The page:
the first day

Seeing her again, literally in the flesh, (re)conjures words I cannot speak, pleasures I cannot experience, and thoughts I cannot think. Honestly, I no longer believe them to be morally reprehensible, sinful, or the like. They're simply/complexly persistent and demanding, often calling my attention away from happiness to dwell once again in misery past--not that they, themselves, are miserable (their denial more so).

Life, much to our/my dismay, is not about suffering, and since I truly love her/myself, I'll prove it by refusing to suffer.

She deserves it. But, even more, so do I.


the fifth day

How's that working out for you?


on my first flight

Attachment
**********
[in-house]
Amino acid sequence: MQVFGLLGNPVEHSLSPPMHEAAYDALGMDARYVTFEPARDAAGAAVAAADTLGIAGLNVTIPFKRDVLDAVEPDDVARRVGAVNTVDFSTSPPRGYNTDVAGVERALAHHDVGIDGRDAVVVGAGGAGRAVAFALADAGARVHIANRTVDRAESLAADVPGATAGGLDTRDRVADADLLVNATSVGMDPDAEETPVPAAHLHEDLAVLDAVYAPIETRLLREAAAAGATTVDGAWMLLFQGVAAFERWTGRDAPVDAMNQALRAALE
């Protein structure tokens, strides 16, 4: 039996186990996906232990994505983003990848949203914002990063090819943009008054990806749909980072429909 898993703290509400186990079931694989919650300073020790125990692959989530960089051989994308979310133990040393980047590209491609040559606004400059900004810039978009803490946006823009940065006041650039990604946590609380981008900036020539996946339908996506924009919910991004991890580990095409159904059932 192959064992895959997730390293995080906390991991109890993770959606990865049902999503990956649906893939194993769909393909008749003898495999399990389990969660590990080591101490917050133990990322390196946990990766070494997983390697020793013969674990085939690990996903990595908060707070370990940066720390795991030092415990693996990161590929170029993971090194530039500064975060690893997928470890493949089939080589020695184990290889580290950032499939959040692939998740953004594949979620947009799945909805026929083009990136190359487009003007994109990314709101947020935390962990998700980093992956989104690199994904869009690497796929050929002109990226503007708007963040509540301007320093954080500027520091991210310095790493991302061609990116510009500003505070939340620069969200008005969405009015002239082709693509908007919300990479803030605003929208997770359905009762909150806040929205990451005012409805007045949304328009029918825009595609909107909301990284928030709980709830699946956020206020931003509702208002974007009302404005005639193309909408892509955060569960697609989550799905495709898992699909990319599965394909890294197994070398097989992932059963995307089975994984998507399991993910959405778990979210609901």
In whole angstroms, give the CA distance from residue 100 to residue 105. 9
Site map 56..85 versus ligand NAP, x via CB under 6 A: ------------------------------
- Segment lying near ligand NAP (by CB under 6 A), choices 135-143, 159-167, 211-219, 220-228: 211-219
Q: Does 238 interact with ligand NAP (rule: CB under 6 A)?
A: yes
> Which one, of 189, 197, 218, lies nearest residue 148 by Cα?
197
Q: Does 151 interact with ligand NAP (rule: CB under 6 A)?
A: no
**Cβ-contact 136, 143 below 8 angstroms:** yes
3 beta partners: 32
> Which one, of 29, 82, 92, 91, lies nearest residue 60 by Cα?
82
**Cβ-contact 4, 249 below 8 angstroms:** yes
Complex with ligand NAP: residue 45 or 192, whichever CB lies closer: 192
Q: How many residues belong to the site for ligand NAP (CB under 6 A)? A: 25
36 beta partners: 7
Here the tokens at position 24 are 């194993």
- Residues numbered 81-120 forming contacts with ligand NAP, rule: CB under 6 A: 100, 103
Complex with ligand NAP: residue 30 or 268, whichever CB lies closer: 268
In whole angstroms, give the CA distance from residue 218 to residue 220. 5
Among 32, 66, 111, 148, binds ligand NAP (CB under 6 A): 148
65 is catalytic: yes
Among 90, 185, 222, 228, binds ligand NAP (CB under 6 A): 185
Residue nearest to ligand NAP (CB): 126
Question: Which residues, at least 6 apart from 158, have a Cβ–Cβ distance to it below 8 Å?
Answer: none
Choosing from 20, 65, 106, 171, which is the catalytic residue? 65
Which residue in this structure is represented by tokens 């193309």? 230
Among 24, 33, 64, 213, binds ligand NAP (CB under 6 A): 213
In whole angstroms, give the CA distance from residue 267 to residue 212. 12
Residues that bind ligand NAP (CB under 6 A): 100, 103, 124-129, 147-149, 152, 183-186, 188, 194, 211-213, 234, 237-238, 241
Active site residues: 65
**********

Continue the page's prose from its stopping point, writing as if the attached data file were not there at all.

I smiled, an absurdly enormous grin more appropriate for a giddy child than a 23-year-old grad student, the physical acceleration, anxiety, and humbleness mixing perfectly to achieve a remarkable sensation: prideful exhilaration. It may sound remarkably dramatic, inappropriate, unbelievably silly and all the rest (but I no longer care about such attitudes towards moments of realization). I cried, literally shedding tears at the moment of take off--not many, but enough to matter--letting the physical/emotional power of the engines move me as they moved the plane, as they moved my fellow passengers--and in equally powerful ways. The other passengers didn't notice--I assume--my emotion or the fact that they were being propelled through the air in an aluminum, man made bird. From one lens, their unacknowledgment seems sad, but looking again, it may not be so. It may be more so a testament to man's domination of the sky, his boastful taunting of the laws of nature that denied him the natural ability of flight. Just as we no longer think twice about obtaining food from the store or water from our sink, the engineers/masters of aviation have given us flight at our request, conquered it, made da Vinci's dreams reality, and provided us the opportunity, even, to surpass the birds, to look down on them and pity their lack of ambition.